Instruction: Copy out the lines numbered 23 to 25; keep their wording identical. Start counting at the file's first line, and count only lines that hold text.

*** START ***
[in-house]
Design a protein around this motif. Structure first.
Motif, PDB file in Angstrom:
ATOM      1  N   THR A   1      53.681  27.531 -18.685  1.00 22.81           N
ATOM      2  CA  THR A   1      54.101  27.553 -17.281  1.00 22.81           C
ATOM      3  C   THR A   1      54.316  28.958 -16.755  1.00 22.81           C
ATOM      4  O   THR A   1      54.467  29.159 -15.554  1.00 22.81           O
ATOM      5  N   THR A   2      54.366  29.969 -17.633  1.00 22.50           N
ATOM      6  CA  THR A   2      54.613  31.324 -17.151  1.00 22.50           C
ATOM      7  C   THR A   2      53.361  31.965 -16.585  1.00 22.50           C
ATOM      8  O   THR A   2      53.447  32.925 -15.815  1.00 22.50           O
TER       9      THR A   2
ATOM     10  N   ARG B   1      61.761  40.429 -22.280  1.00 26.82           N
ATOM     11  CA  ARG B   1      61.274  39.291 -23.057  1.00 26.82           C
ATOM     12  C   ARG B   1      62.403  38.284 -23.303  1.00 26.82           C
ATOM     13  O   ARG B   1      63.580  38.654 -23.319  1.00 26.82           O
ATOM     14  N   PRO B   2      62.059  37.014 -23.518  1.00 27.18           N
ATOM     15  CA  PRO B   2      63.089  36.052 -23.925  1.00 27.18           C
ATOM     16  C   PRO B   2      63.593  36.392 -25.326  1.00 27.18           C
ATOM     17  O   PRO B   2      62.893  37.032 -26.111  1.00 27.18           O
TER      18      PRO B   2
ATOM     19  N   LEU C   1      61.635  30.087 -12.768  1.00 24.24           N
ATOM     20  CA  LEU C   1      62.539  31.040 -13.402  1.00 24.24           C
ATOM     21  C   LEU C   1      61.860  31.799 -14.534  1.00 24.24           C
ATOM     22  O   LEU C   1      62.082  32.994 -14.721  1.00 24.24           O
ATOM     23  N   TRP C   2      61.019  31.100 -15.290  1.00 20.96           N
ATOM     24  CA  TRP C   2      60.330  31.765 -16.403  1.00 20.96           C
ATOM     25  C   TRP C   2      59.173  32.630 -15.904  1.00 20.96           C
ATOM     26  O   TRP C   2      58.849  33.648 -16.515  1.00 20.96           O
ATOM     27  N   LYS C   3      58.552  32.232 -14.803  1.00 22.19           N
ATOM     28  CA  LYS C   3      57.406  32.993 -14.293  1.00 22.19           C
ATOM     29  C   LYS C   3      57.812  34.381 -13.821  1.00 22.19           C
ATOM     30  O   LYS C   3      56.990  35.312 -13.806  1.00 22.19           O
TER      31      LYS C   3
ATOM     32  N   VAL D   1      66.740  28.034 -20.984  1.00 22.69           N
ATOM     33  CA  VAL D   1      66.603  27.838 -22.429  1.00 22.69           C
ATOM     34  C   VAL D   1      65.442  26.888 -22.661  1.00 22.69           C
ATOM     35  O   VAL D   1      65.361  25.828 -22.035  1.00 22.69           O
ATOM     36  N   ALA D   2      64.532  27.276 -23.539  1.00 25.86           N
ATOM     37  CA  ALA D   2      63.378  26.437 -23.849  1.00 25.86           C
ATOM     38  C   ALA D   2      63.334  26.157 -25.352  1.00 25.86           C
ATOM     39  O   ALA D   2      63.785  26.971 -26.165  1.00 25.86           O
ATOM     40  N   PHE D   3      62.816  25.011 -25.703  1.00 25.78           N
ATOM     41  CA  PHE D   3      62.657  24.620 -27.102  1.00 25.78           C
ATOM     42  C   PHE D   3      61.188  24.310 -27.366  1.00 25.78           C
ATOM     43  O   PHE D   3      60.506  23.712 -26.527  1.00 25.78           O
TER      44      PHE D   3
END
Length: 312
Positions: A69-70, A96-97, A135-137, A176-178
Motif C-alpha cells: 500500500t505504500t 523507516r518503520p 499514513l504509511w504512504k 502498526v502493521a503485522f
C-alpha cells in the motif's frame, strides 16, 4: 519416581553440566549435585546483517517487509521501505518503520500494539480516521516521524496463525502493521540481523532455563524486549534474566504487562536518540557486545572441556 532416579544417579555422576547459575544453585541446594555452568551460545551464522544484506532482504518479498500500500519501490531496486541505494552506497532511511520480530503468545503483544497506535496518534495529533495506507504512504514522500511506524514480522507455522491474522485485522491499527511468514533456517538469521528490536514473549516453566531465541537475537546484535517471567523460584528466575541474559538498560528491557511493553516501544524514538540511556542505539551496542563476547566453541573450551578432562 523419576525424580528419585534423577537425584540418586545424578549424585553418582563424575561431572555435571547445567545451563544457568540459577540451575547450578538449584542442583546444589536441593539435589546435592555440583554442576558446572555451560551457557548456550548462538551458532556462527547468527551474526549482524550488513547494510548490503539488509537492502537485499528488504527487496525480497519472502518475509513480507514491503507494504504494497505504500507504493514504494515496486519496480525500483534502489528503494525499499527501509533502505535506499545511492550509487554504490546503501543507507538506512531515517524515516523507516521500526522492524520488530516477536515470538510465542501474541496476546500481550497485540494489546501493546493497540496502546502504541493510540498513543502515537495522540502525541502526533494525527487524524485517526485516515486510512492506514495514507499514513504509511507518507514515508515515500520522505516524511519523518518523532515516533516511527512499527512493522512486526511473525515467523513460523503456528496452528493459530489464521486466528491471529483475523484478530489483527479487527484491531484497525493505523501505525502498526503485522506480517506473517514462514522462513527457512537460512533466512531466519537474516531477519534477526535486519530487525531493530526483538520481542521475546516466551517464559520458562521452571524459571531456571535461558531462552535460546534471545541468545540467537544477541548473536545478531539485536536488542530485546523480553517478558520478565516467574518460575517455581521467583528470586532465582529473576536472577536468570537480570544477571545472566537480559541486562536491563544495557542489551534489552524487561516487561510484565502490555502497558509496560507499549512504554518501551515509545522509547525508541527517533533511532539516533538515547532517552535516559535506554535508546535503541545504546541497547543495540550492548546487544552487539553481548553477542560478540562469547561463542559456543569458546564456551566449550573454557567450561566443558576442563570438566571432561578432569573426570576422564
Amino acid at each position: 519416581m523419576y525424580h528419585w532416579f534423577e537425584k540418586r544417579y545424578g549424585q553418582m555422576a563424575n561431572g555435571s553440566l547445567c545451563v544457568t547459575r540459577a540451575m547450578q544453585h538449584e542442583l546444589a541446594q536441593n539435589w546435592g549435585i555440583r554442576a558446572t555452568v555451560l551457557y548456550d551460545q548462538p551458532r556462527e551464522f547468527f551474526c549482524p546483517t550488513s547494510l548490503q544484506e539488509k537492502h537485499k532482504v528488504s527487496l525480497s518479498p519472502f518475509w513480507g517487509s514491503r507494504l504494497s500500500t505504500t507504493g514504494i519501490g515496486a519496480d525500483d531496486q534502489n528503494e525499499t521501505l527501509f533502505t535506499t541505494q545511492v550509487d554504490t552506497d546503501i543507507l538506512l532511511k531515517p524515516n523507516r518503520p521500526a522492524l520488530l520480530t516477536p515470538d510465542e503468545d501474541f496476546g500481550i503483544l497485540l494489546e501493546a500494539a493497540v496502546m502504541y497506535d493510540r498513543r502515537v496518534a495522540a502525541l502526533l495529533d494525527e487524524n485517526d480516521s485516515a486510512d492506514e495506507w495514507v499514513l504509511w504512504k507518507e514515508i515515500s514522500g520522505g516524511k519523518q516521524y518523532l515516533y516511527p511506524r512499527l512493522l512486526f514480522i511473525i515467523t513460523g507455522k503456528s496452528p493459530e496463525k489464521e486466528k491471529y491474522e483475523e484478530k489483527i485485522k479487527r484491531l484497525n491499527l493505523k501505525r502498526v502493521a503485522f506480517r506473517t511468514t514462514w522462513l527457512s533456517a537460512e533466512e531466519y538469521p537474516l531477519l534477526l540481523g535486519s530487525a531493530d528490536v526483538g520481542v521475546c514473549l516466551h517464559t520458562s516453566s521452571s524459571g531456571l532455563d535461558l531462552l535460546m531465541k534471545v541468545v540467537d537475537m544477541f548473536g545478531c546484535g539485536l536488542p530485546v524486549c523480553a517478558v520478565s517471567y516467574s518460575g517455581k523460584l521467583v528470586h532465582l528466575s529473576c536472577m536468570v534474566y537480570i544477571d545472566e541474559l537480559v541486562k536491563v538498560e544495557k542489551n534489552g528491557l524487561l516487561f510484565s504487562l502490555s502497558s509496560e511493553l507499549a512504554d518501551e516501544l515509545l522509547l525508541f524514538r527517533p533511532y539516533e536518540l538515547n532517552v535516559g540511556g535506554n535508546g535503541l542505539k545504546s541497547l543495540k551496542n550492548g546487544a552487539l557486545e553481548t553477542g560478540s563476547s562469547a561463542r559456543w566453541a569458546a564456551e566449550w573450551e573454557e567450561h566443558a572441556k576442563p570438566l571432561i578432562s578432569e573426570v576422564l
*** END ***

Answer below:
ATOM     20  CA  LEU C   1      62.539  31.040 -13.402  1.00 24.24           C
ATOM     21  C   LEU C   1      61.860  31.799 -14.534  1.00 24.24           C
ATOM     22  O   LEU C   1      62.082  32.994 -14.721  1.00 24.24           O